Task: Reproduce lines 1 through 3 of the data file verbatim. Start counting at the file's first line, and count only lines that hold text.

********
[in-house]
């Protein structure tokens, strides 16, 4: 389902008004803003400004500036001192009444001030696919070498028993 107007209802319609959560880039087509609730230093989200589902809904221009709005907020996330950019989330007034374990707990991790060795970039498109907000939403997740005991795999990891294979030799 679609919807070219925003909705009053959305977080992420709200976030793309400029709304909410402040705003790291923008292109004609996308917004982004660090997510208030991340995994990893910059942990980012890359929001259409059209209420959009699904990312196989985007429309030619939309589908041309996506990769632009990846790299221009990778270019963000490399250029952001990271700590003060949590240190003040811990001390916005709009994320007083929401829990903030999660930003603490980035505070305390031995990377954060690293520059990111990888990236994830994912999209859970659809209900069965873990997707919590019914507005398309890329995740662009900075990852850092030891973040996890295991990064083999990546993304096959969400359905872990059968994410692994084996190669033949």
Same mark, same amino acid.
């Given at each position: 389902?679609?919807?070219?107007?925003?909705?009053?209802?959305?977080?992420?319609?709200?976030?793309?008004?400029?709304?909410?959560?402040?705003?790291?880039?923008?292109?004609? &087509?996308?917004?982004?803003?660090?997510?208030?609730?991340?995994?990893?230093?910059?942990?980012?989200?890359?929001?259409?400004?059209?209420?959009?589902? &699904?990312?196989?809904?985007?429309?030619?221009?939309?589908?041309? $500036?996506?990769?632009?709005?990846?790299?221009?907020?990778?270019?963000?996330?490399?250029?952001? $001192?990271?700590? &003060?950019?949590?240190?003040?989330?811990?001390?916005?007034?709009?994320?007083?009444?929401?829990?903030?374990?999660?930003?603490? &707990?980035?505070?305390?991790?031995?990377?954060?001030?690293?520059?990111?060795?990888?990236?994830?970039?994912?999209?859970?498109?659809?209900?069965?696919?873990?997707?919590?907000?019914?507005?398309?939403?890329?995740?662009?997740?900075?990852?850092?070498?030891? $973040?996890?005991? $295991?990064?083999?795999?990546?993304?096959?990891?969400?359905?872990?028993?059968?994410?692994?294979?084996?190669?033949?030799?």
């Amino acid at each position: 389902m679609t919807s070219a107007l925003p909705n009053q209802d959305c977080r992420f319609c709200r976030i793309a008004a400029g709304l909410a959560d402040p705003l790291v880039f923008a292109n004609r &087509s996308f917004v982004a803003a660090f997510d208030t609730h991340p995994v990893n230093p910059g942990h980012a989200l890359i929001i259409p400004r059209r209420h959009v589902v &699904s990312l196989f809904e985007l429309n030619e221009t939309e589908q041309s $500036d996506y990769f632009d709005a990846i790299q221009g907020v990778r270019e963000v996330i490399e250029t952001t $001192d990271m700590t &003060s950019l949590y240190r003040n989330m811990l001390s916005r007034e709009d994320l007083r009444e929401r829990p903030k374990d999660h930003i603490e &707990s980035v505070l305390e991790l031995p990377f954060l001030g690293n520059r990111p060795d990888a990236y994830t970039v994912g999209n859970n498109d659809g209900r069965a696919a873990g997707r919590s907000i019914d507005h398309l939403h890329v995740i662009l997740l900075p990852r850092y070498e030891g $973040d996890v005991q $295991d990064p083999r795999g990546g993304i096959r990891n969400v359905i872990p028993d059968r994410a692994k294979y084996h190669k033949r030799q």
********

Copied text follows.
[in-house]
């Protein structure tokens, strides 16, 4: 389902008004803003400004500036001192009444001030696919070498028993 107007209802319609959560880039087509609730230093989200589902809904221009709005907020996330950019989330007034374990707990991790060795970039498109907000939403997740005991795999990891294979030799 679609919807070219925003909705009053959305977080992420709200976030793309400029709304909410402040705003790291923008292109004609996308917004982004660090997510208030991340995994990893910059942990980012890359929001259409059209209420959009699904990312196989985007429309030619939309589908041309996506990769632009990846790299221009990778270019963000490399250029952001990271700590003060949590240190003040811990001390916005709009994320007083929401829990903030999660930003603490980035505070305390031995990377954060690293520059990111990888990236994830994912999209859970659809209900069965873990997707919590019914507005398309890329995740662009900075990852850092030891973040996890295991990064083999990546993304096959969400359905872990059968994410692994084996190669033949």
Same mark, same amino acid.